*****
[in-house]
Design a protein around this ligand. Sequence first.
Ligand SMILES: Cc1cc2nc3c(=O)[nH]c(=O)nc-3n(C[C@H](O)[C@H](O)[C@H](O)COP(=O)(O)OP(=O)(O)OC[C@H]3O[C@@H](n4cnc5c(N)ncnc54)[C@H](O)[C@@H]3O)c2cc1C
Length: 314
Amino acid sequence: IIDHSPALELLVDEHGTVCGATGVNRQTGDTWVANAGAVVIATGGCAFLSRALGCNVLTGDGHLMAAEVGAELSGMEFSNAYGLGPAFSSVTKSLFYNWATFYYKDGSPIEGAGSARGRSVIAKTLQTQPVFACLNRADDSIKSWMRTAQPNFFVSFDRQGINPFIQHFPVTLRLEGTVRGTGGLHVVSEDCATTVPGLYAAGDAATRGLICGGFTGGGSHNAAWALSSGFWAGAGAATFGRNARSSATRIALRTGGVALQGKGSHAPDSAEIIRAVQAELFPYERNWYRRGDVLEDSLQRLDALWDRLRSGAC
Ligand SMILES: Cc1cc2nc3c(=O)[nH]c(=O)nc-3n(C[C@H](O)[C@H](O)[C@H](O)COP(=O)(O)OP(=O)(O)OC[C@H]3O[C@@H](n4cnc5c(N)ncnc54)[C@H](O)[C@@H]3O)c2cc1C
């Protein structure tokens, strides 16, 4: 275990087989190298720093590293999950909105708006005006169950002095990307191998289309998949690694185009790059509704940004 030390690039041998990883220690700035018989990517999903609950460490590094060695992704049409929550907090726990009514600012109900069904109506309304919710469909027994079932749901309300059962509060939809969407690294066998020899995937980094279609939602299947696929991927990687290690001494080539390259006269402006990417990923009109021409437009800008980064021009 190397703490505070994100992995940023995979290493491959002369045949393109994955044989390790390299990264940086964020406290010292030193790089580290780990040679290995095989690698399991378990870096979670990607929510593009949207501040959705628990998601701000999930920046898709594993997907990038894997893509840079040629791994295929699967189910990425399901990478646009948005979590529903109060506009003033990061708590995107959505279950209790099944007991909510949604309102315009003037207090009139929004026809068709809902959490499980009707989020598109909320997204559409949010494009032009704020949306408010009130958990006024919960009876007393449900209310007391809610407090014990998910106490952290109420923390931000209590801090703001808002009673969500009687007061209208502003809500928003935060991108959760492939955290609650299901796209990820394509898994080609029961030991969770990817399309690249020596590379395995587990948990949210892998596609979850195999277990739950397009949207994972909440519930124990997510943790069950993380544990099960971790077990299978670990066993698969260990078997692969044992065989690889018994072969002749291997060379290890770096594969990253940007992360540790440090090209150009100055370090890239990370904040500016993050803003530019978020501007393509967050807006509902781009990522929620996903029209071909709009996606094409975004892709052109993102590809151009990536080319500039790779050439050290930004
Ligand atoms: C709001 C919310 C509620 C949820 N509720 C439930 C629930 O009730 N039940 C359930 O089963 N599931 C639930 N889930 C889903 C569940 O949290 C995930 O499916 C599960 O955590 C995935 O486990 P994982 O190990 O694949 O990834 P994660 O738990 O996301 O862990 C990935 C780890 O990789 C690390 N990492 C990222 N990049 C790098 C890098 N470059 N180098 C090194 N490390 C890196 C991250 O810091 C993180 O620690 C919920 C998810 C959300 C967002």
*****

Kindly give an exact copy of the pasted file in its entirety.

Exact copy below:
[in-house]
Design a protein around this ligand. Sequence first.
Ligand SMILES: Cc1cc2nc3c(=O)[nH]c(=O)nc-3n(C[C@H](O)[C@H](O)[C@H](O)COP(=O)(O)OP(=O)(O)OC[C@H]3O[C@@H](n4cnc5c(N)ncnc54)[C@H](O)[C@@H]3O)c2cc1C
Length: 314
Amino acid sequence: IIDHSPALELLVDEHGTVCGATGVNRQTGDTWVANAGAVVIATGGCAFLSRALGCNVLTGDGHLMAAEVGAELSGMEFSNAYGLGPAFSSVTKSLFYNWATFYYKDGSPIEGAGSARGRSVIAKTLQTQPVFACLNRADDSIKSWMRTAQPNFFVSFDRQGINPFIQHFPVTLRLEGTVRGTGGLHVVSEDCATTVPGLYAAGDAATRGLICGGFTGGGSHNAAWALSSGFWAGAGAATFGRNARSSATRIALRTGGVALQGKGSHAPDSAEIIRAVQAELFPYERNWYRRGDVLEDSLQRLDALWDRLRSGAC
Ligand SMILES: Cc1cc2nc3c(=O)[nH]c(=O)nc-3n(C[C@H](O)[C@H](O)[C@H](O)COP(=O)(O)OP(=O)(O)OC[C@H]3O[C@@H](n4cnc5c(N)ncnc54)[C@H](O)[C@@H]3O)c2cc1C
């Protein structure tokens, strides 16, 4: 275990087989190298720093590293999950909105708006005006169950002095990307191998289309998949690694185009790059509704940004 030390690039041998990883220690700035018989990517999903609950460490590094060695992704049409929550907090726990009514600012109900069904109506309304919710469909027994079932749901309300059962509060939809969407690294066998020899995937980094279609939602299947696929991927990687290690001494080539390259006269402006990417990923009109021409437009800008980064021009 190397703490505070994100992995940023995979290493491959002369045949393109994955044989390790390299990264940086964020406290010292030193790089580290780990040679290995095989690698399991378990870096979670990607929510593009949207501040959705628990998601701000999930920046898709594993997907990038894997893509840079040629791994295929699967189910990425399901990478646009948005979590529903109060506009003033990061708590995107959505279950209790099944007991909510949604309102315009003037207090009139929004026809068709809902959490499980009707989020598109909320997204559409949010494009032009704020949306408010009130958990006024919960009876007393449900209310007391809610407090014990998910106490952290109420923390931000209590801090703001808002009673969500009687007061209208502003809500928003935060991108959760492939955290609650299901796209990820394509898994080609029961030991969770990817399309690249020596590379395995587990948990949210892998596609979850195999277990739950397009949207994972909440519930124990997510943790069950993380544990099960971790077990299978670990066993698969260990078997692969044992065989690889018994072969002749291997060379290890770096594969990253940007992360540790440090090209150009100055370090890239990370904040500016993050803003530019978020501007393509967050807006509902781009990522929620996903029209071909709009996606094409975004892709052109993102590809151009990536080319500039790779050439050290930004
Ligand atoms: C709001 C919310 C509620 C949820 N509720 C439930 C629930 O009730 N039940 C359930 O089963 N599931 C639930 N889930 C889903 C569940 O949290 C995930 O499916 C599960 O955590 C995935 O486990 P994982 O190990 O694949 O990834 P994660 O738990 O996301 O862990 C990935 C780890 O990789 C690390 N990492 C990222 N990049 C790098 C890098 N470059 N180098 C090194 N490390 C890196 C991250 O810091 C993180 O620690 C919920 C998810 C959300 C967002």